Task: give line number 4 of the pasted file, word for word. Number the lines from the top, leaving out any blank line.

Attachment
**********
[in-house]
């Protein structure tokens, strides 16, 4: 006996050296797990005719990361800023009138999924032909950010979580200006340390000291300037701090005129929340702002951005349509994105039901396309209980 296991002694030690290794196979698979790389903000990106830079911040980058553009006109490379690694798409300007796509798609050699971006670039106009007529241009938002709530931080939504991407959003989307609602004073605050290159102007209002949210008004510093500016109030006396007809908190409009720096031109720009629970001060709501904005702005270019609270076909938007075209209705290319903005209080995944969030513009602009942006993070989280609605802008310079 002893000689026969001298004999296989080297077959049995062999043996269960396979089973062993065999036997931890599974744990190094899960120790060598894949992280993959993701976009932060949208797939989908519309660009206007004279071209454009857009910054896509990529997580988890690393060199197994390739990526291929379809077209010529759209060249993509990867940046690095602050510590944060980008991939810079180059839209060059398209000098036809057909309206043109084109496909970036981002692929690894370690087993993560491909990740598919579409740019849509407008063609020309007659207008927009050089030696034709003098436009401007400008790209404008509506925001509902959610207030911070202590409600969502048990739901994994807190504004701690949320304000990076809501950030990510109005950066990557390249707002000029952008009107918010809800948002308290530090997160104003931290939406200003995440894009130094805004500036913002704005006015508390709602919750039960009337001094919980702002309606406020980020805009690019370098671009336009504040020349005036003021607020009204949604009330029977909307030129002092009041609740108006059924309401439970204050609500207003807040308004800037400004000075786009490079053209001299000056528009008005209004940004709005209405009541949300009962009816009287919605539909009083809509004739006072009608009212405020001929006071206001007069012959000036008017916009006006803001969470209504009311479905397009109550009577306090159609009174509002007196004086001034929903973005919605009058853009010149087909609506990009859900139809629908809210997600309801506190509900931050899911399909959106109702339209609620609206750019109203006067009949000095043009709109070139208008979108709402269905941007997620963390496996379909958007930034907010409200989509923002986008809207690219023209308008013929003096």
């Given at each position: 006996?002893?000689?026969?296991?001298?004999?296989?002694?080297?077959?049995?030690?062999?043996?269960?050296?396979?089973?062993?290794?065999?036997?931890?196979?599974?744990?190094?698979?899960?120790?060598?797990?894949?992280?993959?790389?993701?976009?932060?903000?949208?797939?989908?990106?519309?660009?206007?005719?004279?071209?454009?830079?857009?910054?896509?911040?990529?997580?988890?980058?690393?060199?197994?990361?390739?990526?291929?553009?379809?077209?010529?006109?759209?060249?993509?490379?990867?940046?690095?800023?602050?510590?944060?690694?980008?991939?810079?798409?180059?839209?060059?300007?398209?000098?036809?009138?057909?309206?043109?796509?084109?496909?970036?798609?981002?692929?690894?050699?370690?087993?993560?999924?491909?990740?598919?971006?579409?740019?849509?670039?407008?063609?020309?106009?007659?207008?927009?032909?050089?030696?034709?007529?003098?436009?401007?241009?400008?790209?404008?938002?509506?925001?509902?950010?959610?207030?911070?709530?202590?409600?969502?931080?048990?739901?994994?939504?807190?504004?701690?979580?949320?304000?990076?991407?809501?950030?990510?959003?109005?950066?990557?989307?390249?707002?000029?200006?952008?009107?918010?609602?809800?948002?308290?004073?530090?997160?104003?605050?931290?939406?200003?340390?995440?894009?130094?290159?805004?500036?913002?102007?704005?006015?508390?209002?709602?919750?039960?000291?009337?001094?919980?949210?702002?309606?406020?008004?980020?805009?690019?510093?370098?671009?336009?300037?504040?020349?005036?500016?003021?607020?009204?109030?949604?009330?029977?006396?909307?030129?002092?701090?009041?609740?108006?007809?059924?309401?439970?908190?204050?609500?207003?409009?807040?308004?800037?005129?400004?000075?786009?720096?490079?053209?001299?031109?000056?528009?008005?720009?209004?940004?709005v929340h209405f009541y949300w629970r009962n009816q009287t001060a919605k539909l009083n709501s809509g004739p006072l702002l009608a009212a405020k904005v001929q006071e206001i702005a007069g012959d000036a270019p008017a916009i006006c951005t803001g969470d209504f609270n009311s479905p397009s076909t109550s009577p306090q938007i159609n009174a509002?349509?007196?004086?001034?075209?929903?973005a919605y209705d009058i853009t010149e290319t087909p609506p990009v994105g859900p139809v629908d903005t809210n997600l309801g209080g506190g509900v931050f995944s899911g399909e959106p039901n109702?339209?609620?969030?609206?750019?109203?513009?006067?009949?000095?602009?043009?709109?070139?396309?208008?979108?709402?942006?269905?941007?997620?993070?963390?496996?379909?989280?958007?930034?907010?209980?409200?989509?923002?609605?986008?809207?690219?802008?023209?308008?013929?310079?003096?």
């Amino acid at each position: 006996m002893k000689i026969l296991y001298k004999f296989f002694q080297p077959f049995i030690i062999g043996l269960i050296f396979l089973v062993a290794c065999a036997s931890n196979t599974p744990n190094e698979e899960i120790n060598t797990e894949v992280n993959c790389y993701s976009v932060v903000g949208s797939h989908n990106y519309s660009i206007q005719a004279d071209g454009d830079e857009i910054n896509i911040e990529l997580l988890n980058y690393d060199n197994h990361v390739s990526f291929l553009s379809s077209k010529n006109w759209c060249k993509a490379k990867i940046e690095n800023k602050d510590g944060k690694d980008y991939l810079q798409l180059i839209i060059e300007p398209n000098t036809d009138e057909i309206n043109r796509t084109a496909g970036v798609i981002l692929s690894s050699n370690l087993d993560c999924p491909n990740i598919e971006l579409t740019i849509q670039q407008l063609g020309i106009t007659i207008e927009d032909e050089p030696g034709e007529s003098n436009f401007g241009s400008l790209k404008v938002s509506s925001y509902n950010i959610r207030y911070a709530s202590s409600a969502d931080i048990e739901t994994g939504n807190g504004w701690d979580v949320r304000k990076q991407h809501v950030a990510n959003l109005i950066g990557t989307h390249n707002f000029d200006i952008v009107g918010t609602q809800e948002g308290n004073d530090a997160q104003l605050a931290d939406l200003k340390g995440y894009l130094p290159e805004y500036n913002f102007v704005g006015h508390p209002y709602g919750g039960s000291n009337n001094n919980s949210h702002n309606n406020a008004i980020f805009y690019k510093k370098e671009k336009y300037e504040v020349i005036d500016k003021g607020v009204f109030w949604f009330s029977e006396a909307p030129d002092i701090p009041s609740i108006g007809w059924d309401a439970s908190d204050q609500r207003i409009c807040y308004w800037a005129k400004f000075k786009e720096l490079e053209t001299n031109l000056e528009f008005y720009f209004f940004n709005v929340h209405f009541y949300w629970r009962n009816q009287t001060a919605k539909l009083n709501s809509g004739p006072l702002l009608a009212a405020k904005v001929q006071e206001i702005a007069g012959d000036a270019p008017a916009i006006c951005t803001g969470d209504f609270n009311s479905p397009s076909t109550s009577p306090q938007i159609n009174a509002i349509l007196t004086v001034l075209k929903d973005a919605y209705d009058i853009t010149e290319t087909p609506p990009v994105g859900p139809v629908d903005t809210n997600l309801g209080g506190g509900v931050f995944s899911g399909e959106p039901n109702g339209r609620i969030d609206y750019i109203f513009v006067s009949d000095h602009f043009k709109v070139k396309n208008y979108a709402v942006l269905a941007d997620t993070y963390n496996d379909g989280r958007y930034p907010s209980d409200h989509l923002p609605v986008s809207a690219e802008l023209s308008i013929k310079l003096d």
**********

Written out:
């Amino acid at each position: 006996m002893k000689i026969l296991y001298k004999f296989f002694q080297p077959f049995i030690i062999g043996l269960i050296f396979l089973v062993a290794c065999a036997s931890n196979t599974p744990n190094e698979e899960i120790n060598t797990e894949v992280n993959c790389y993701s976009v932060v903000g949208s797939h989908n990106y519309s660009i206007q005719a004279d071209g454009d830079e857009i910054n896509i911040e990529l997580l988890n980058y690393d060199n197994h990361v390739s990526f291929l553009s379809s077209k010529n006109w759209c060249k993509a490379k990867i940046e690095n800023k602050d510590g944060k690694d980008y991939l810079q798409l180059i839209i060059e300007p398209n000098t036809d009138e057909i309206n043109r796509t084109a496909g970036v798609i981002l692929s690894s050699n370690l087993d993560c999924p491909n990740i598919e971006l579409t740019i849509q670039q407008l063609g020309i106009t007659i207008e927009d032909e050089p030696g034709e007529s003098n436009f401007g241009s400008l790209k404008v938002s509506s925001y509902n950010i959610r207030y911070a709530s202590s409600a969502d931080i048990e739901t994994g939504n807190g504004w701690d979580v949320r304000k990076q991407h809501v950030a990510n959003l109005i950066g990557t989307h390249n707002f000029d200006i952008v009107g918010t609602q809800e948002g308290n004073d530090a997160q104003l605050a931290d939406l200003k340390g995440y894009l130094p290159e805004y500036n913002f102007v704005g006015h508390p209002y709602g919750g039960s000291n009337n001094n919980s949210h702002n309606n406020a008004i980020f805009y690019k510093k370098e671009k336009y300037e504040v020349i005036d500016k003021g607020v009204f109030w949604f009330s029977e006396a909307p030129d002092i701090p009041s609740i108006g007809w059924d309401a439970s908190d204050q609500r207003i409009c807040y308004w800037a005129k400004f000075k786009e720096l490079e053209t001299n031109l000056e528009f008005y720009f209004f940004n709005v929340h209405f009541y949300w629970r009962n009816q009287t001060a919605k539909l009083n709501s809509g004739p006072l702002l009608a009212a405020k904005v001929q006071e206001i702005a007069g012959d000036a270019p008017a916009i006006c951005t803001g969470d209504f609270n009311s479905p397009s076909t109550s009577p306090q938007i159609n009174a509002i349509l007196t004086v001034l075209k929903d973005a919605y209705d009058i853009t010149e290319t087909p609506p990009v994105g859900p139809v629908d903005t809210n997600l309801g209080g506190g509900v931050f995944s899911g399909e959106p039901n109702g339209r609620i969030d609206y750019i109203f513009v006067s009949d000095h602009f043009k709109v070139k396309n208008y979108a709402v942006l269905a941007d997620t993070y963390n496996d379909g989280r958007y930034p907010s209980d409200h989509l923002p609605v986008s809207a690219e802008l023209s308008i013929k310079l003096d």